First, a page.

Many expats will join the local IMSS (Seguro social), as they do have many medications available that are much cheaper than buying them in a pharmacy.
This, alone, makes it worthwhile to sign up.
Unlike Ajijic that’s home to one of the most active communities Lakeside, there really isn’t much to do around Jocotepec.
As I said, it’s a lot quieter than the other towns.
As far as activities in Jocotepec are concerned, most people spend their mornings grocery shopping.
There’s also a nice park located in the south part of Jocotepec with plenty of green areas.
Although usually crowded, it’s a good place to go for a stroll and watch the ongoing basketball and soccer games.
If you look hard enough, you will also find a couple of basic gyms, spinning, and Zumba classes.
Once the evening arrives, you’ll notice a ton of locals flocking to the town square (Plaza) to socialize and have a good, relaxed time.
If you desire a comfortable, slow-paced lifestyle – Jocotepec is a great option.
Jocotepec also loses a few points in the restaurant scene to Ajijic, Chapala, and San Antonio.
Whereas these towns are famous for their mixed array of international cuisine – Jocotepec likes to keep things simple and traditional.
If you drive into Jocotepec looking for a restaurant, similar to what you would find in the East part of Lakeside, you will be out of luck.
This doesn’t mean that there’s a shortage of good food – it just means that it’s a lot different.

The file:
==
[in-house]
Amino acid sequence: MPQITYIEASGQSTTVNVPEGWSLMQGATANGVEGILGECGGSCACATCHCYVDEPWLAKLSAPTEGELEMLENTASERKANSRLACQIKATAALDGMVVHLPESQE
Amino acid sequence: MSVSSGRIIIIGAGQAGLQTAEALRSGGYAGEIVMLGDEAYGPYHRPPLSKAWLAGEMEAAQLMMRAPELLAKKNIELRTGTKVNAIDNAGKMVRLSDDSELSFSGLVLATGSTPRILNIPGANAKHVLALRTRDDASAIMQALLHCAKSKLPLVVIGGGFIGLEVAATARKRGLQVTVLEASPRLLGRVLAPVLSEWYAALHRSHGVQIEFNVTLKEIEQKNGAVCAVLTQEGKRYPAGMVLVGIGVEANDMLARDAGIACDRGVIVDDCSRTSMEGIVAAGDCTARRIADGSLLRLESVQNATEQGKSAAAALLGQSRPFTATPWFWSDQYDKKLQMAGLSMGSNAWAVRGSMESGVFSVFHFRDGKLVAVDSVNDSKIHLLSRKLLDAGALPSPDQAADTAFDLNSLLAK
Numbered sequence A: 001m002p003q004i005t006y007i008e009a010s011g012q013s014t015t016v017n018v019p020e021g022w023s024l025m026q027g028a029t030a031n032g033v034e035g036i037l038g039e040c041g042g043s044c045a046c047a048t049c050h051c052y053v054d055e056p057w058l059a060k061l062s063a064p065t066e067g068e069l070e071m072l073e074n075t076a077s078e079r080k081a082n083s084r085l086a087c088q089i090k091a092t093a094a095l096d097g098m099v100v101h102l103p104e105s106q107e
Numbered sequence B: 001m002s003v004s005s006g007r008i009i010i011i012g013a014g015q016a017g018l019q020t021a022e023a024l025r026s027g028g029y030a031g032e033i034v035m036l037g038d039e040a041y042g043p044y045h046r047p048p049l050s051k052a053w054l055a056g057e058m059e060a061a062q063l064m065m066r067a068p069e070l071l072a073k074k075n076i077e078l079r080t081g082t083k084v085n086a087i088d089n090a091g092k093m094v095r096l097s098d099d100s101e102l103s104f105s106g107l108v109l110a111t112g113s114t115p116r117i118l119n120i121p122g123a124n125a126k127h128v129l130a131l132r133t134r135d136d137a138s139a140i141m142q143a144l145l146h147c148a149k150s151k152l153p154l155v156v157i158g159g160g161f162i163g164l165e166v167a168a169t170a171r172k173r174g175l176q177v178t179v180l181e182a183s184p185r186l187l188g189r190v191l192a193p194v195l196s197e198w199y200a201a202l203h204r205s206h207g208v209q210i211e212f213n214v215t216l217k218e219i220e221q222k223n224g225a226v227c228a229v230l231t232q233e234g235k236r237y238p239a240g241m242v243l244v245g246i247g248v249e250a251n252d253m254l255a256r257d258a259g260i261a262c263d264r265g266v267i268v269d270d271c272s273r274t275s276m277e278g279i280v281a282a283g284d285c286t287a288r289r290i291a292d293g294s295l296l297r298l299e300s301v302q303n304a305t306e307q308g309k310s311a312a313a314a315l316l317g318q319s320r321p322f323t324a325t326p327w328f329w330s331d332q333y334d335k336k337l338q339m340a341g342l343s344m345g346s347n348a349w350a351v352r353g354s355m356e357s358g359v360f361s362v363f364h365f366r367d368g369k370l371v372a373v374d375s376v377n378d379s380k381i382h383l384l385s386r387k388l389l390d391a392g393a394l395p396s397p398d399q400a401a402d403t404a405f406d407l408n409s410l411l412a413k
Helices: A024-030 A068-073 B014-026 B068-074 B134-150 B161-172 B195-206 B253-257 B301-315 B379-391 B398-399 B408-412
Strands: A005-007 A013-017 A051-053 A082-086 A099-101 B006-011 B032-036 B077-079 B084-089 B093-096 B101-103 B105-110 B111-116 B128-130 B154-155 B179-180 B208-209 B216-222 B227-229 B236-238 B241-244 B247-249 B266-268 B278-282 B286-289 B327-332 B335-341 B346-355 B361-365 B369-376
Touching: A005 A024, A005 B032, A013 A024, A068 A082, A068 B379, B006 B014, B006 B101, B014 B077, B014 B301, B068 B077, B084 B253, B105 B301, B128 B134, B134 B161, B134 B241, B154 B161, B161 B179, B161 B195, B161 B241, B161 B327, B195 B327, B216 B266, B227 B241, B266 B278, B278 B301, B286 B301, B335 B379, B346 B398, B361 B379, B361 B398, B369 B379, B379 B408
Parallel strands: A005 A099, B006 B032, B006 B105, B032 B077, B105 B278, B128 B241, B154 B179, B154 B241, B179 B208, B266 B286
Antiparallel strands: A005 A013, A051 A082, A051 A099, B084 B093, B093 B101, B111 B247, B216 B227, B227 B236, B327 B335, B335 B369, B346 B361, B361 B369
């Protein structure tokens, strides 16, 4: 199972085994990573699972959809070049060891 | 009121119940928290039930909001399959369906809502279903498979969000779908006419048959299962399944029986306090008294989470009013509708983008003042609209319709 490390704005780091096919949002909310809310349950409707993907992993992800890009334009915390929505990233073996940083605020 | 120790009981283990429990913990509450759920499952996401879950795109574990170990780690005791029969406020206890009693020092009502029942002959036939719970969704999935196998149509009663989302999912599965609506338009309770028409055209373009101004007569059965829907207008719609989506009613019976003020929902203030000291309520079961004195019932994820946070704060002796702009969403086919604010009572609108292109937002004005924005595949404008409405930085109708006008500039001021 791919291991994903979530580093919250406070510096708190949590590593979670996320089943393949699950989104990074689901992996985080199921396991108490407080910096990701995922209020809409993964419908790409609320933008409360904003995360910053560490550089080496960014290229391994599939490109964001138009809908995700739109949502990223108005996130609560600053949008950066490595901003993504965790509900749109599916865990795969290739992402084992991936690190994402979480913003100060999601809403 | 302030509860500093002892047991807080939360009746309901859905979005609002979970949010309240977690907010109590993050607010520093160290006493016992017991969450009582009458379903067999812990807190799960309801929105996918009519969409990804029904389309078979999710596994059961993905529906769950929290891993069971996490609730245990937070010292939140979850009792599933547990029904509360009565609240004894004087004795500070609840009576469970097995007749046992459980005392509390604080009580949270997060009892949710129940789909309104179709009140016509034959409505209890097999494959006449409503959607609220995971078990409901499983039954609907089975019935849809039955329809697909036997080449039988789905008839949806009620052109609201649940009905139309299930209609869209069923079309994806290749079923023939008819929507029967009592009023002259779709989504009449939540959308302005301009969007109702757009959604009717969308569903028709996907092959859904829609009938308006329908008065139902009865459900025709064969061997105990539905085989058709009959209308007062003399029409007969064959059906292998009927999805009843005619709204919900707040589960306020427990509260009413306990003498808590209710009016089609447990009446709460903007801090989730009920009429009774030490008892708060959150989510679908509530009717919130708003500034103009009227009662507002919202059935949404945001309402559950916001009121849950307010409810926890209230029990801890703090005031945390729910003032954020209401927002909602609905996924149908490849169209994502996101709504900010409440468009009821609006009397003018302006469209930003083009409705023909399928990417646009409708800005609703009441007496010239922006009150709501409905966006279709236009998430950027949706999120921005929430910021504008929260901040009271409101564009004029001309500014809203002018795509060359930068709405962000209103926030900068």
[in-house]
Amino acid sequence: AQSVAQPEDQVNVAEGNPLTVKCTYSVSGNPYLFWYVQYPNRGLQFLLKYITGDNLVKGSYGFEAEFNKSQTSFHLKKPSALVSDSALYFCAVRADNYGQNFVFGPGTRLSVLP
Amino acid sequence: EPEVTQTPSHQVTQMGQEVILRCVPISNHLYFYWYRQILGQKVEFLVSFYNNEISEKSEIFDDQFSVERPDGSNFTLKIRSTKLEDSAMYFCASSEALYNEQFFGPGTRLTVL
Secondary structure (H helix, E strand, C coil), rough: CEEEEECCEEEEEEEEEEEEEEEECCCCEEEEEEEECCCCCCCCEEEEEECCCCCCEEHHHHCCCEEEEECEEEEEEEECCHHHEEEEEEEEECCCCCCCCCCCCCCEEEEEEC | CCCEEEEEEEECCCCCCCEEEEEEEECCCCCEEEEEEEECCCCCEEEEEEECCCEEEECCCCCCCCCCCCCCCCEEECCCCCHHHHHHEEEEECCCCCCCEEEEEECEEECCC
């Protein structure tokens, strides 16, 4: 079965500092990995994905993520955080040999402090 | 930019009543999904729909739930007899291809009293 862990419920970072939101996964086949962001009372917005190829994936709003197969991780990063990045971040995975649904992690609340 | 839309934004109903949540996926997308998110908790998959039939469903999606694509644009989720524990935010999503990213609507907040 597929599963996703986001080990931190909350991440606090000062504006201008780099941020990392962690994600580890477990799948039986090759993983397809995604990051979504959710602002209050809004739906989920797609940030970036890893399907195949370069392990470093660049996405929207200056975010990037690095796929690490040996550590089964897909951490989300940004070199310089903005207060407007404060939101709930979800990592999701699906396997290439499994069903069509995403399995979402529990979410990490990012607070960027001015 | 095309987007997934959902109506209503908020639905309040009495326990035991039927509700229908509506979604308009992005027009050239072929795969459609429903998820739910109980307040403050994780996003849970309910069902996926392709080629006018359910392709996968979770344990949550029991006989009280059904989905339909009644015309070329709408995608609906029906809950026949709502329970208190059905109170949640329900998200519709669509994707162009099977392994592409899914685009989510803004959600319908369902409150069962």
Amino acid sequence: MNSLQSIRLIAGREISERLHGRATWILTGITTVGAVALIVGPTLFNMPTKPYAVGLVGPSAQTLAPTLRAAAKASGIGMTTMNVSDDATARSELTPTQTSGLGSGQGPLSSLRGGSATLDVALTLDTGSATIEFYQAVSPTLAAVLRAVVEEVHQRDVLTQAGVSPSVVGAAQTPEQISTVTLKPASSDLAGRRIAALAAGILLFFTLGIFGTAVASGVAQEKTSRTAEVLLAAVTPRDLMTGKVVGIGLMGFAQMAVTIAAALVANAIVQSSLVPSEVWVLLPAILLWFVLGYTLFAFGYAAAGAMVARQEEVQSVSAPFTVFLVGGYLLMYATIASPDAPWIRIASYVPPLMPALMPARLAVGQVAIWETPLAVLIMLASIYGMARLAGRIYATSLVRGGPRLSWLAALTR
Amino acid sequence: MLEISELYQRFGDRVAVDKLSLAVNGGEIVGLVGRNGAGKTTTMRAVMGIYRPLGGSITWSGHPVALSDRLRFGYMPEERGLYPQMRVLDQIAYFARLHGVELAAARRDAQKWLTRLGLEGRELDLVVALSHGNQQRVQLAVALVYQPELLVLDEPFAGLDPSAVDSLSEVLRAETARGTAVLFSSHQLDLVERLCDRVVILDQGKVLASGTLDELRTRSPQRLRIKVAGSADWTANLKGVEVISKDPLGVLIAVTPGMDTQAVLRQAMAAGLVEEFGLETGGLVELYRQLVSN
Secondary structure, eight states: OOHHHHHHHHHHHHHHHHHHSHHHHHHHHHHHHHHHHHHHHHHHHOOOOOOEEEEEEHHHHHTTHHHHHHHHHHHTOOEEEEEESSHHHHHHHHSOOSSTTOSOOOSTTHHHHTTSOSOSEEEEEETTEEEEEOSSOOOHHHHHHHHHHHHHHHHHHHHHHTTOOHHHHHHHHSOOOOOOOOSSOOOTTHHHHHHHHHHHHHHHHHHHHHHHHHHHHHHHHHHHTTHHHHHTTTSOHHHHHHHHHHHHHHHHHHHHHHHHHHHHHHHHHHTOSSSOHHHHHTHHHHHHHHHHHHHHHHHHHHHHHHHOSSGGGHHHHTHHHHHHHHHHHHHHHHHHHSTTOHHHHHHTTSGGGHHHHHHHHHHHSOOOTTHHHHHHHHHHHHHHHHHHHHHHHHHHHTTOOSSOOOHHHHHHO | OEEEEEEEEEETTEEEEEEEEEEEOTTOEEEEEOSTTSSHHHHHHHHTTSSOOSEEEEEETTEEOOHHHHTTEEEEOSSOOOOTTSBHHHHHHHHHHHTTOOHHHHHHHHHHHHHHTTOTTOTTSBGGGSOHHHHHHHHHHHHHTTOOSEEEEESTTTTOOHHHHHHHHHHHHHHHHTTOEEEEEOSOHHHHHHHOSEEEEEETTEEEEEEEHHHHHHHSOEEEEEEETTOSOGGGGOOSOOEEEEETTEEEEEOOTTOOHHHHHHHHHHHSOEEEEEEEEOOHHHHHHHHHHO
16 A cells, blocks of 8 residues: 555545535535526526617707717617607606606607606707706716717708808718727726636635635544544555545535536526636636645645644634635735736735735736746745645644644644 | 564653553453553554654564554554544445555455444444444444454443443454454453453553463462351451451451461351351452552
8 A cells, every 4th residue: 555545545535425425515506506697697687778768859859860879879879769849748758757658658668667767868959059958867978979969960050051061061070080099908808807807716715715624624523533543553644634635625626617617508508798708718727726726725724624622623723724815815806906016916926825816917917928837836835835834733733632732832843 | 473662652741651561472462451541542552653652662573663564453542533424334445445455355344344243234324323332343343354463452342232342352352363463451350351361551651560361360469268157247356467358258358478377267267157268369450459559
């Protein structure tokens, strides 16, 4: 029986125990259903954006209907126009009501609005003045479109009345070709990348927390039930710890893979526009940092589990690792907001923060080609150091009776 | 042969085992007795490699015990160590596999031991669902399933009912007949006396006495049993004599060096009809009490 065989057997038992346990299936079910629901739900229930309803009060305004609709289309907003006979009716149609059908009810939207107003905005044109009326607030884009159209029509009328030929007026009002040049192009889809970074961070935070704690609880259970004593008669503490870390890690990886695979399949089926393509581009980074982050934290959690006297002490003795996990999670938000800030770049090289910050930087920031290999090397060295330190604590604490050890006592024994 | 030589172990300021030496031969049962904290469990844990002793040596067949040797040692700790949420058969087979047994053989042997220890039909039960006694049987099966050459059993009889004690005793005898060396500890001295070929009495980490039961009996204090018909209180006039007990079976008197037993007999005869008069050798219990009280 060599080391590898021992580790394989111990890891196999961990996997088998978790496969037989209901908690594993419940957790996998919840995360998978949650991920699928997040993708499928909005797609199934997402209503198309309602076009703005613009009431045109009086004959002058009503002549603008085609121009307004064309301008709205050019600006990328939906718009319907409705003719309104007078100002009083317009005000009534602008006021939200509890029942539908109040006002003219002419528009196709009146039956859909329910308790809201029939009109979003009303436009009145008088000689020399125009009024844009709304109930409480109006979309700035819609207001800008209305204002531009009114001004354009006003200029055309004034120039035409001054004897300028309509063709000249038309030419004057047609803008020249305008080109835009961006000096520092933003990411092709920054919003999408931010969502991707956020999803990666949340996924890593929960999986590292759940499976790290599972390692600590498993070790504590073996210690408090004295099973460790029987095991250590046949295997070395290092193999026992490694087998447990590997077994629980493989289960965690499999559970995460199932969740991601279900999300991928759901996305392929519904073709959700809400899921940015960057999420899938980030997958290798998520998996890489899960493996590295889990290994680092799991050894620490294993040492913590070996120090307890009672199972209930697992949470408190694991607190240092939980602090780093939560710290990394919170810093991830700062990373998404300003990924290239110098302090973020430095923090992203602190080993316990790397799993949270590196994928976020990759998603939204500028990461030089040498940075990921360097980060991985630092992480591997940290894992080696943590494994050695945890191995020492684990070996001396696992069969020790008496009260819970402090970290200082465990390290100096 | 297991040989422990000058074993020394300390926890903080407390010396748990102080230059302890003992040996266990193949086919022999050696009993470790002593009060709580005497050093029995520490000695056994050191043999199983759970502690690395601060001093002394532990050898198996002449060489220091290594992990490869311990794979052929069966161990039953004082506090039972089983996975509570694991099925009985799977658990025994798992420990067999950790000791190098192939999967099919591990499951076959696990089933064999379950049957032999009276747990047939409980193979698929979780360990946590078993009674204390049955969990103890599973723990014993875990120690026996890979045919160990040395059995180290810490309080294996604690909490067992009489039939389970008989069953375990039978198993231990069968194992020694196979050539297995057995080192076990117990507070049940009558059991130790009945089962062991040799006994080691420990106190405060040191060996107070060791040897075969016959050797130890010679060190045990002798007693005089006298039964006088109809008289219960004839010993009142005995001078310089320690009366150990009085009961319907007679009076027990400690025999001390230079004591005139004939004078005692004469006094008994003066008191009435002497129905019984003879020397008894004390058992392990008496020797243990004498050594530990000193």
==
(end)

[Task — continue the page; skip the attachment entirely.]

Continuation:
The only restaurants that might actually compare to the ones you see in East Lake Chapala are probably El Quinto Asador, Drink & Fly, and Rincón de Frida.
The rest of the food scene is dominated by small family-owned shops and food carts that offer traditional Mexican food – tacos, lonches, tortas ahogadas, chicharrones, pozole, menudo, birria, etc.
Like all Mexican towns, Jocotepec is home to a series of yearly festivities.
- Señor del Monte. Begins first Sunday in January; the last day of celebration is the third Sunday of January.
- Señor del Huaje; First Sunday in May.
- Day of the Virgin of Guadalupe; Dec 12.
There are two bus stations located in Jocotepec; each one easily recognized by the color of the vehicles.
The blue Jocotepec buses go from Jocotepec to San Juan Cosalá. They also offer direct routes to Guadalajara.
The Chapala bus station (red) buses go from Jocotepec to Chapala and into Guadalajara. Buses run on the main highway every half hour and hour.
Jocotepec Real Estate
As it was mentioned above, real estate in Jocotepec has always been sort of a tricky subject.
When we moved here twenty years ago, most real estate companies and agents weren’t very interested in the area.
Things haven’t changed much in two decades; people are primarily focused on the East end of Lake Chapala.
That still hasn’t stopped expats from venturing into the area and calling it home, though.
So, what is there to know about Real Estate in Jocotepec?
First off, there are no Real Estate offices here – none, zero, zilch.
If you want to buy property, land, or rent in Jocotepec, you will have to contact an agency in Ajijic or San Antonio – unless, you deal directly with the owner(s).
It’s commonly believed that land is a lot cheaper in Jocotepec.
And, while this is partly true, there are some neighborhoods in which the square meter is comparably-priced to that of East Lake Chapala.
El Chante, Las Fuentes, Rancho Alegre, and even some parts of Jaltepec will be a lot more expensive than buying in the town itself.
As far as rentals are concerned, they will definitely be cheaper than other towns in Lake Chapala. But again, it all depends on where the property is located.
If you choose to rent a small, traditional, Mexican home -near the town center- you’ll be spending less than if you were to rent a larger home in a more peaceful, secluded neighborhood.